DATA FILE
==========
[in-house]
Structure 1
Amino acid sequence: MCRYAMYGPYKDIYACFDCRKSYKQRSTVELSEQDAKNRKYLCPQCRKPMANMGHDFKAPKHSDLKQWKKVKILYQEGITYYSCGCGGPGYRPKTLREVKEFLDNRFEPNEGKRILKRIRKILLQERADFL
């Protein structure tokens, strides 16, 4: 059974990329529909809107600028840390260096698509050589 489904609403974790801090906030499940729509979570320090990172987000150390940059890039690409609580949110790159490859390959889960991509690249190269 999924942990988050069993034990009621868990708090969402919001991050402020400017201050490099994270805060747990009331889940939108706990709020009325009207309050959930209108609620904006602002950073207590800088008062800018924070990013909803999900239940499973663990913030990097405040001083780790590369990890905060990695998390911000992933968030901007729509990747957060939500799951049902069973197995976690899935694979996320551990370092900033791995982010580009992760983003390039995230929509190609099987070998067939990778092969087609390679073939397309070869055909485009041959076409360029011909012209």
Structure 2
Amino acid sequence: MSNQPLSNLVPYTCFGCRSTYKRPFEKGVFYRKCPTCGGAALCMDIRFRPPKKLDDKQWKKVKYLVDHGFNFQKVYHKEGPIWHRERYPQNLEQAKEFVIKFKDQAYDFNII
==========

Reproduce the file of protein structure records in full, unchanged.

[in-house]
Structure 1
Amino acid sequence: MCRYAMYGPYKDIYACFDCRKSYKQRSTVELSEQDAKNRKYLCPQCRKPMANMGHDFKAPKHSDLKQWKKVKILYQEGITYYSCGCGGPGYRPKTLREVKEFLDNRFEPNEGKRILKRIRKILLQERADFL
């Protein structure tokens, strides 16, 4: 059974990329529909809107600028840390260096698509050589 489904609403974790801090906030499940729509979570320090990172987000150390940059890039690409609580949110790159490859390959889960991509690249190269 999924942990988050069993034990009621868990708090969402919001991050402020400017201050490099994270805060747990009331889940939108706990709020009325009207309050959930209108609620904006602002950073207590800088008062800018924070990013909803999900239940499973663990913030990097405040001083780790590369990890905060990695998390911000992933968030901007729509990747957060939500799951049902069973197995976690899935694979996320551990370092900033791995982010580009992760983003390039995230929509190609099987070998067939990778092969087609390679073939397309070869055909485009041959076409360029011909012209």
Structure 2
Amino acid sequence: MSNQPLSNLVPYTCFGCRSTYKRPFEKGVFYRKCPTCGGAALCMDIRFRPPKKLDDKQWKKVKYLVDHGFNFQKVYHKEGPIWHRERYPQNLEQAKEFVIKFKDQAYDFNII